As a medieval town founded in the year 1203, Hondarribia was once surrounded by a defensive wall. The walled precinct was enlarged a number of times over the years as a result of the growth of the town centre. Today, limestone masonry structures still survive which are thought to have once formed part of the old medieval defensive wall. One example are the remains which can be seen outside the parish church.
The major fortification works on the wall date from the end of the 15th and beginning of the 16th century, as evident in the turrets, bulwarks, moats and drawbridges which were built to protect the population living on the headland. Access to the walled precinct was provided by two gateways, the Santa María Gateway and the San Nicolás Gateway. Both were protected by drawbridges.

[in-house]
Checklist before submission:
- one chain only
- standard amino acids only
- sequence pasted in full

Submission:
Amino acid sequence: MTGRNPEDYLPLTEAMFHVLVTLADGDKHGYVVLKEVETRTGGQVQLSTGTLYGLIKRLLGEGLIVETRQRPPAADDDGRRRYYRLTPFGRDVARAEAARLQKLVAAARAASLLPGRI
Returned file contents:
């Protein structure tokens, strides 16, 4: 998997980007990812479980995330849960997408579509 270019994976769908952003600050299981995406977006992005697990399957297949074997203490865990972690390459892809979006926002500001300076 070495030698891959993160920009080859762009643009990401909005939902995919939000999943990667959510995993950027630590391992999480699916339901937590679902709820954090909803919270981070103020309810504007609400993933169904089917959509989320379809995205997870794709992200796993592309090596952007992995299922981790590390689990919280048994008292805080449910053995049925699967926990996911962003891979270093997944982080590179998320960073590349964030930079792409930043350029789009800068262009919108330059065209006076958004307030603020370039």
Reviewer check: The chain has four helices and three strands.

Santa María Turret, La Reina Bulwark, San Nicolás Bulwark and Santiago Bulwark are all still standing today, unlike La Magdalena Bulwark or Bastion, the remains of which are located underneath the current town centre. From the 17th century onwards, the walled precinct was extended with the construction of the San Nicolás and Guevara ravelins and the counterscarp.
Its strategic location made it suffer intense attacks in the various places. Built in the 16th century, it was partly renovated under the direction of M. Manzano Monís, architect. In the avenue called Murrua we can see the thickness of the walls.